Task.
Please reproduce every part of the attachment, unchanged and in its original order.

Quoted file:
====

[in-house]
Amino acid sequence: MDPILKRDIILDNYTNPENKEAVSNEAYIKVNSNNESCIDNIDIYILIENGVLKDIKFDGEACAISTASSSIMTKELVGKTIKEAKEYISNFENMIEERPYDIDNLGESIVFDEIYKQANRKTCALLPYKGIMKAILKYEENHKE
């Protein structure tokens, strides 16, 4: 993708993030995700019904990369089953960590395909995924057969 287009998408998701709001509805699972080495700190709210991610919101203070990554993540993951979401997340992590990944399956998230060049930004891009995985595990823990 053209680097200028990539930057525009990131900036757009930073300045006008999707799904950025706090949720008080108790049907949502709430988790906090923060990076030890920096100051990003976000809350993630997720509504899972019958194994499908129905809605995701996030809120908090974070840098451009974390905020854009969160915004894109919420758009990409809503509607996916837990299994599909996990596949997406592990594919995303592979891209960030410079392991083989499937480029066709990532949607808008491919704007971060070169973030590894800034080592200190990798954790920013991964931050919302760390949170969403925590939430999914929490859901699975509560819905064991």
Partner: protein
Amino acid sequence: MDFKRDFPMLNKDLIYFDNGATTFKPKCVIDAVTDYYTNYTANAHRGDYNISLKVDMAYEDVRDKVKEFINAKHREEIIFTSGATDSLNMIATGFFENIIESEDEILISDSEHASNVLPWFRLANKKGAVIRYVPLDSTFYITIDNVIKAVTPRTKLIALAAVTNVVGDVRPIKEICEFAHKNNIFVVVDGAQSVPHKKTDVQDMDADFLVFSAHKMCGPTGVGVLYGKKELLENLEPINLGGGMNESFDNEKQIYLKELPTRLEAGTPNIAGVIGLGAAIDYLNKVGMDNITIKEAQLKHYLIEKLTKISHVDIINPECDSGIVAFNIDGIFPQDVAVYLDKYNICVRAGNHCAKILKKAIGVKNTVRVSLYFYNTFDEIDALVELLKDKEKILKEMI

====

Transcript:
[in-house]
Amino acid sequence: MDPILKRDIILDNYTNPENKEAVSNEAYIKVNSNNESCIDNIDIYILIENGVLKDIKFDGEACAISTASSSIMTKELVGKTIKEAKEYISNFENMIEERPYDIDNLGESIVFDEIYKQANRKTCALLPYKGIMKAILKYEENHKE
């Protein structure tokens, strides 16, 4: 993708993030995700019904990369089953960590395909995924057969 287009998408998701709001509805699972080495700190709210991610919101203070990554993540993951979401997340992590990944399956998230060049930004891009995985595990823990 053209680097200028990539930057525009990131900036757009930073300045006008999707799904950025706090949720008080108790049907949502709430988790906090923060990076030890920096100051990003976000809350993630997720509504899972019958194994499908129905809605995701996030809120908090974070840098451009974390905020854009969160915004894109919420758009990409809503509607996916837990299994599909996990596949997406592990594919995303592979891209960030410079392991083989499937480029066709990532949607808008491919704007971060070169973030590894800034080592200190990798954790920013991964931050919302760390949170969403925590939430999914929490859901699975509560819905064991």
Partner: protein
Amino acid sequence: MDFKRDFPMLNKDLIYFDNGATTFKPKCVIDAVTDYYTNYTANAHRGDYNISLKVDMAYEDVRDKVKEFINAKHREEIIFTSGATDSLNMIATGFFENIIESEDEILISDSEHASNVLPWFRLANKKGAVIRYVPLDSTFYITIDNVIKAVTPRTKLIALAAVTNVVGDVRPIKEICEFAHKNNIFVVVDGAQSVPHKKTDVQDMDADFLVFSAHKMCGPTGVGVLYGKKELLENLEPINLGGGMNESFDNEKQIYLKELPTRLEAGTPNIAGVIGLGAAIDYLNKVGMDNITIKEAQLKHYLIEKLTKISHVDIINPECDSGIVAFNIDGIFPQDVAVYLDKYNICVRAGNHCAKILKKAIGVKNTVRVSLYFYNTFDEIDALVELLKDKEKILKEMI